Published in Water.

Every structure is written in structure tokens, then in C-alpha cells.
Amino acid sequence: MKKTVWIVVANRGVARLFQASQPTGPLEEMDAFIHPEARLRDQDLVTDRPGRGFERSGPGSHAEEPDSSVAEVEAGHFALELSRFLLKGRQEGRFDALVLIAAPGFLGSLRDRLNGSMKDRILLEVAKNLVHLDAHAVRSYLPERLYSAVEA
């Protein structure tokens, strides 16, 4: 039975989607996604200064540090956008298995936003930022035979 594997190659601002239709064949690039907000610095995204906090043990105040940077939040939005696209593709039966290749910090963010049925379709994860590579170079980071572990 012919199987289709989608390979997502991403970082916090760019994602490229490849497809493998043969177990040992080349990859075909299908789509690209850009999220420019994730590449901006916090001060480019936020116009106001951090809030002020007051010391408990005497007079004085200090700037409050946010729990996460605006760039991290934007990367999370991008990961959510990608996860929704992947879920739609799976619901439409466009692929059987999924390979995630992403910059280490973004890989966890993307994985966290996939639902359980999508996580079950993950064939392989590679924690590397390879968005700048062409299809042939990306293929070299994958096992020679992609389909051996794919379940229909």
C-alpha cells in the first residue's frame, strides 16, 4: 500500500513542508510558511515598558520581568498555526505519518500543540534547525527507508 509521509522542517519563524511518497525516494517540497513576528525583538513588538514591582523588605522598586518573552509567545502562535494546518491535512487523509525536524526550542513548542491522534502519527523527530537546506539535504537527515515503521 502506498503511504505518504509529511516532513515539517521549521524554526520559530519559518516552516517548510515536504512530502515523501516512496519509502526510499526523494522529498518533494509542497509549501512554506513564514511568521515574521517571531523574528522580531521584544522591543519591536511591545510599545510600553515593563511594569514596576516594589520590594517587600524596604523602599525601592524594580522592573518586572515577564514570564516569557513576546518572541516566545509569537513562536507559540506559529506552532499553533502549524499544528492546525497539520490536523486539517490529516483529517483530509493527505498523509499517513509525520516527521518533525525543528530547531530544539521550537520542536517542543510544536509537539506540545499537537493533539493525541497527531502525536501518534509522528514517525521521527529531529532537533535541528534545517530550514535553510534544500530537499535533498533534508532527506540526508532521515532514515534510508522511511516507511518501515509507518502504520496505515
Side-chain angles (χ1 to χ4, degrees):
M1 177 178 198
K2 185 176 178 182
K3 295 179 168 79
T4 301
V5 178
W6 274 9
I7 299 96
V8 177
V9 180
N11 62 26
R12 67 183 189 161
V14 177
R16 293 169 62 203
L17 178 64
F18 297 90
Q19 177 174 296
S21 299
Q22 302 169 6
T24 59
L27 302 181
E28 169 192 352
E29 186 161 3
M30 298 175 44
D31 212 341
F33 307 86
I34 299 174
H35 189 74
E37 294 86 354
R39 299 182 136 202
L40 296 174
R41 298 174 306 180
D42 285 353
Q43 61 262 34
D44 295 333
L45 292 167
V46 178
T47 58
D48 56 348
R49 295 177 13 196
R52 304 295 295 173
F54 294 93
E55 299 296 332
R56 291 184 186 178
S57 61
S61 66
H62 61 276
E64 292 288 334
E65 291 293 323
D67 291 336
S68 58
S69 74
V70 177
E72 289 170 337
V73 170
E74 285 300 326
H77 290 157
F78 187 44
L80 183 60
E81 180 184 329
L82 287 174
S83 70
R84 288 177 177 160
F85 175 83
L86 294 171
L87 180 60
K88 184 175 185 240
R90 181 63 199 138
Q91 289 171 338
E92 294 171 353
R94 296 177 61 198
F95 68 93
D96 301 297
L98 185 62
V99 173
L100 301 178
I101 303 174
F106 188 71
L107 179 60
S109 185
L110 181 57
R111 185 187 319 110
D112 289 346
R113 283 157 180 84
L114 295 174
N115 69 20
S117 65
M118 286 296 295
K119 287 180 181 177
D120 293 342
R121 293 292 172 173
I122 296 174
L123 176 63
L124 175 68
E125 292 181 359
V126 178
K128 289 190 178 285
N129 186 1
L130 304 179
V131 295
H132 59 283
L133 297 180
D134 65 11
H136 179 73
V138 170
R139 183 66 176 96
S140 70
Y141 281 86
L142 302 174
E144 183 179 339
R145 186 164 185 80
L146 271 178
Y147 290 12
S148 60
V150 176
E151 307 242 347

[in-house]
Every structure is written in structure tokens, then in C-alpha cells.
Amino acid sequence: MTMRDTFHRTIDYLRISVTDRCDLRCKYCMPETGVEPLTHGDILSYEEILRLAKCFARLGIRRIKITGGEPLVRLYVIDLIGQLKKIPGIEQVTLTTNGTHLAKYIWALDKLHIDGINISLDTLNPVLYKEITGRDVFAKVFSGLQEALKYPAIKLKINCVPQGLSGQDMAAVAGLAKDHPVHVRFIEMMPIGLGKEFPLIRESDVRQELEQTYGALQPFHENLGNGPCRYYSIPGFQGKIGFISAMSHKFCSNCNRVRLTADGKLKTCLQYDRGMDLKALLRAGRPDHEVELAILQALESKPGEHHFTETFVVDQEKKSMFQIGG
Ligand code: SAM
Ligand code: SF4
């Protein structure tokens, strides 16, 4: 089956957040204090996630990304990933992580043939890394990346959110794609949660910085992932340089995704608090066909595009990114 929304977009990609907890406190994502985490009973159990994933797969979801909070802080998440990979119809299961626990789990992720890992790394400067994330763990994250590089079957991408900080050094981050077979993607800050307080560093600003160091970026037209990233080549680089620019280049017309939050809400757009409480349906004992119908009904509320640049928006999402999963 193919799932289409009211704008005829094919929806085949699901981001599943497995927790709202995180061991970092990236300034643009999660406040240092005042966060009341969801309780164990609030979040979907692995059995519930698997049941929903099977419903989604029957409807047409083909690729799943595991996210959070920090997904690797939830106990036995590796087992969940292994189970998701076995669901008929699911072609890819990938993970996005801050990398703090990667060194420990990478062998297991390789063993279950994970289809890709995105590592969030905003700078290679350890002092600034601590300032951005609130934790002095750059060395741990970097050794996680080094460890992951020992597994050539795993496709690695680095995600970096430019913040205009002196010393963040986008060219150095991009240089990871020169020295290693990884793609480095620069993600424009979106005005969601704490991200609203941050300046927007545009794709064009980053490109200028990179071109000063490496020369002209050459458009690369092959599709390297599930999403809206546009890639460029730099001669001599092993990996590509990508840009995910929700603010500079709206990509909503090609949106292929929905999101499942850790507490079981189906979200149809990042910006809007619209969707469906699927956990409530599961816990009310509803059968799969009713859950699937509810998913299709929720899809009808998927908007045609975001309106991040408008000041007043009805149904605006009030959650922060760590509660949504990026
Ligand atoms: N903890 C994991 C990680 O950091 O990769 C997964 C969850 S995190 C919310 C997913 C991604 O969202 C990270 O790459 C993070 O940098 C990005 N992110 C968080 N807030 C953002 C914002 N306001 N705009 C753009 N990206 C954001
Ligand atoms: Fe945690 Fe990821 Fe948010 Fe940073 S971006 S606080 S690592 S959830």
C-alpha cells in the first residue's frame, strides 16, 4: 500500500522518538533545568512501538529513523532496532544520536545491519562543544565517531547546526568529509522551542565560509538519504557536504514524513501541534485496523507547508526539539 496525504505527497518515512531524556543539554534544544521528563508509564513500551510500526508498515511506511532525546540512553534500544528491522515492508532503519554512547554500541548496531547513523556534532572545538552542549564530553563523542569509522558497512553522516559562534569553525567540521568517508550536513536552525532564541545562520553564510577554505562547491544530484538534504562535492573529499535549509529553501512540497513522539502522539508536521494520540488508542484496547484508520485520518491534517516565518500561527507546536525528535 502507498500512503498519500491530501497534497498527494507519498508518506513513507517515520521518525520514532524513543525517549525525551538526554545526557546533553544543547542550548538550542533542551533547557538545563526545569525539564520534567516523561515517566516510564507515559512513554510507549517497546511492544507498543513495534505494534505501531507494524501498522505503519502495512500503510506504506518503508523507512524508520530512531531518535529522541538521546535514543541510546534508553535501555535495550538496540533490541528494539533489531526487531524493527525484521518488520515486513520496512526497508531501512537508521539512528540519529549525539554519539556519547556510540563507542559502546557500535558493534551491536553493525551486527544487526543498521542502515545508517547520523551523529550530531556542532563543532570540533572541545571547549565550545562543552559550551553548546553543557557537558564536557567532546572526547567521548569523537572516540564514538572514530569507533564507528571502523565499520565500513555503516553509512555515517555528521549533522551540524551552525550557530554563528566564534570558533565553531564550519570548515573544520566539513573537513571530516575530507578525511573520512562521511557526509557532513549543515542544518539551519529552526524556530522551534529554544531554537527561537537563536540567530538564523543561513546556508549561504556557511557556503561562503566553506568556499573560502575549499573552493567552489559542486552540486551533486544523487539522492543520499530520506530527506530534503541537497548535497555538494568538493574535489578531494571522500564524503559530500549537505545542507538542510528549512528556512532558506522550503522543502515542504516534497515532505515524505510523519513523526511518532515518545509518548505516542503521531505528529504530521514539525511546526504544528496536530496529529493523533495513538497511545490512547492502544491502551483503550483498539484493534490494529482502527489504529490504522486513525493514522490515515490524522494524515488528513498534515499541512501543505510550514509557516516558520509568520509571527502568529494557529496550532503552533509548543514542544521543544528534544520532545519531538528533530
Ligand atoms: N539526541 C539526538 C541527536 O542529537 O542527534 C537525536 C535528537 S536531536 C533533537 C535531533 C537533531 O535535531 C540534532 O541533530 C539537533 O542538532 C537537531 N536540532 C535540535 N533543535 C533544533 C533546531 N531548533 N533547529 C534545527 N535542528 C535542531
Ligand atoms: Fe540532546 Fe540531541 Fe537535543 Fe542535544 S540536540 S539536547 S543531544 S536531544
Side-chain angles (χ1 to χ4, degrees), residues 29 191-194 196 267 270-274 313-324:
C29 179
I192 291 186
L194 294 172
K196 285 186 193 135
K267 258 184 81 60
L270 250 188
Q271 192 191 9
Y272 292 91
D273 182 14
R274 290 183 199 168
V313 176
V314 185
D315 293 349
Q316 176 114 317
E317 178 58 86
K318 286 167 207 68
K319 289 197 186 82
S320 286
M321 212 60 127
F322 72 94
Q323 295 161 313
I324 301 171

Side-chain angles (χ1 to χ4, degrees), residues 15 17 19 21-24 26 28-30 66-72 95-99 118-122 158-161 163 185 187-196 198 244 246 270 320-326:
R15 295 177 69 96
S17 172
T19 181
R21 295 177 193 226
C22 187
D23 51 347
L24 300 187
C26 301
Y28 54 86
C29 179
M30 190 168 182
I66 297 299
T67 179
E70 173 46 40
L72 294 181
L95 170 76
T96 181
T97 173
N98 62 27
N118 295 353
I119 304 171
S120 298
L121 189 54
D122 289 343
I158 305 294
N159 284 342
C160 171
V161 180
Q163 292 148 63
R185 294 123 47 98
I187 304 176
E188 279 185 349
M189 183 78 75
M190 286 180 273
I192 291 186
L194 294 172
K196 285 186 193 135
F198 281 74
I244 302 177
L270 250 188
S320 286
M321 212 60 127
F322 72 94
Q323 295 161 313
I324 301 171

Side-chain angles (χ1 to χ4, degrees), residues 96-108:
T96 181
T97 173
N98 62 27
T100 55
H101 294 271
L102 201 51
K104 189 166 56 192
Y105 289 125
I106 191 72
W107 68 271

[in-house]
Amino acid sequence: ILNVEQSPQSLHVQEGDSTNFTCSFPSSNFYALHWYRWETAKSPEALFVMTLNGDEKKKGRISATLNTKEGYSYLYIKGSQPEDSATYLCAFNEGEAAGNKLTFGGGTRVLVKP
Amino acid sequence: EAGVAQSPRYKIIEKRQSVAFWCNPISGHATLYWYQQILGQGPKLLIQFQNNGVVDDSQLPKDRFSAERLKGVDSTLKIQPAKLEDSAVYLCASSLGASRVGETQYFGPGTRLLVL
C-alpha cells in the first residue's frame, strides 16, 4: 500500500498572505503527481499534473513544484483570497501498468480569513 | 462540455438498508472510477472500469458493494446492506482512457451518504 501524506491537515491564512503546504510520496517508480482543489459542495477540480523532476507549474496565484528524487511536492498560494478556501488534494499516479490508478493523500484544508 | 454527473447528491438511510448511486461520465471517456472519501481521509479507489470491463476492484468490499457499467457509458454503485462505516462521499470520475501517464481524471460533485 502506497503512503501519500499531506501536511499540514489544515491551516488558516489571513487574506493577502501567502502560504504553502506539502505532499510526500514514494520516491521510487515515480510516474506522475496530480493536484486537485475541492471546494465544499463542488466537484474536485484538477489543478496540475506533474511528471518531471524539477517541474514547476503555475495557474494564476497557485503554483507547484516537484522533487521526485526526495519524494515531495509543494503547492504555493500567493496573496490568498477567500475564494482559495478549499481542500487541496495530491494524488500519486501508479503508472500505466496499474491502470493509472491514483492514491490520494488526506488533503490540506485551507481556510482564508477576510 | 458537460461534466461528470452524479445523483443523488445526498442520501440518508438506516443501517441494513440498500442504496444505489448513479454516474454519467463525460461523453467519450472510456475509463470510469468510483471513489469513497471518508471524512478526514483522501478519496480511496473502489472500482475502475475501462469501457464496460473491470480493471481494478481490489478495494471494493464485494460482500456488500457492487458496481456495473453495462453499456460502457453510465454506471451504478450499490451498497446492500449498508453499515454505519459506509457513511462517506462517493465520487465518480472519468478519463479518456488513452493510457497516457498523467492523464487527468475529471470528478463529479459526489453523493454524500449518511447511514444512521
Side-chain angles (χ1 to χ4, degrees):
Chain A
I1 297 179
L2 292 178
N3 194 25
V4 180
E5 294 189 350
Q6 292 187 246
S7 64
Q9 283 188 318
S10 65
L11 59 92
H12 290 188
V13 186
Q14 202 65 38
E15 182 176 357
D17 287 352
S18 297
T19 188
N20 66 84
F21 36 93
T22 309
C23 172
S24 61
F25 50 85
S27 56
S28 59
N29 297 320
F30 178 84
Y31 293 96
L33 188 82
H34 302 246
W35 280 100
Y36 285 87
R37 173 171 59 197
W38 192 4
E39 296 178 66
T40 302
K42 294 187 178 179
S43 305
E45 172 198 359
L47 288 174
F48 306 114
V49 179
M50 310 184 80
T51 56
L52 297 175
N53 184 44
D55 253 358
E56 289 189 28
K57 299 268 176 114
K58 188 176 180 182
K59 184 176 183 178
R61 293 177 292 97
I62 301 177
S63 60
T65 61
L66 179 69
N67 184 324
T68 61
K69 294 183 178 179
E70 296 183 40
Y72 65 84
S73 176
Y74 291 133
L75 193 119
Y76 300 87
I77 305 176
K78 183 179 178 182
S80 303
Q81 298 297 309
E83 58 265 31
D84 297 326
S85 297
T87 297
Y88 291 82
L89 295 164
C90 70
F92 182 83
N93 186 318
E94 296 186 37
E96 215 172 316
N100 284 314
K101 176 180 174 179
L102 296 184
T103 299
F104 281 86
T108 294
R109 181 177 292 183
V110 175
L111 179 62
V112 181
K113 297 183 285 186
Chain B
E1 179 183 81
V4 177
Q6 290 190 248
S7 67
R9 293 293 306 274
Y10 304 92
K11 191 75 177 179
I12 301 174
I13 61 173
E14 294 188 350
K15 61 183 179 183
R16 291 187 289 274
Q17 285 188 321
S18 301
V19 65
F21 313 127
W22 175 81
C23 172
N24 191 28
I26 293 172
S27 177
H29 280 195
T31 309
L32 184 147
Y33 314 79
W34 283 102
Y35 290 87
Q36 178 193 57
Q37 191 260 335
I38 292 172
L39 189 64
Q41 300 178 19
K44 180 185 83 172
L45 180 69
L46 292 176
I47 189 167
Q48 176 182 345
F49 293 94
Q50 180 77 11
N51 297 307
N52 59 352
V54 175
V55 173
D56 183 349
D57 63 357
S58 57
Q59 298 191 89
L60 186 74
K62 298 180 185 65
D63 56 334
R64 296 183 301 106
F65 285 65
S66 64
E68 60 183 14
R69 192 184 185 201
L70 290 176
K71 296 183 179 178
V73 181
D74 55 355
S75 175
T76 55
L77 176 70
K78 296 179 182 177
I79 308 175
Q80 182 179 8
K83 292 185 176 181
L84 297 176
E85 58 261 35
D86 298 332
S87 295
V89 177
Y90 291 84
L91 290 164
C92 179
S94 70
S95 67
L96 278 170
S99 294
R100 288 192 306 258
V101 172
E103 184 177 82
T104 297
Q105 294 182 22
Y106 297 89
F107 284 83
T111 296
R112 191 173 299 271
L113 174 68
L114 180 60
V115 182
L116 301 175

Use of green stormwater infrastructure (GSI) to mitigate urban runoff impacts has grown substantially in recent decades, but municipalities often lack an integrated approach to prioritize areas for implementation, demonstrate compelling evidence of catchment-scale improvements, and communicate stormwater program effectiveness. We present a method for quantifying runoff reduction benefits associated with distributed GSI that is designed to align with the spatial scale of information required by urban stormwater implementation. The model was driven by a probabilistic representation of rainfall events to estimate annual runoff and reductions associated with distributed GSI for various design storm levels. Raster-based calculations provide estimates on a 30-m grid, preserving unique combinations of drainage factors that drive runoff production, hydrologic storage, and infiltration benefits of GSI. The model showed strong correspondence with aggregated continuous runoff data from a set of urbanized catchments in Salinas, California, USA, over a three-year monitoring period and output sensitivity to the storm drain network inputs. Because the model runs through a web browser and the parameterization is based on readily available spatial data, it is suitable for nonmodeling experts to rapidly update GSI features, compare alternative implementation scenarios, track progress toward urban runoff reduction goals, and demonstrate regulatory compliance.Download PDF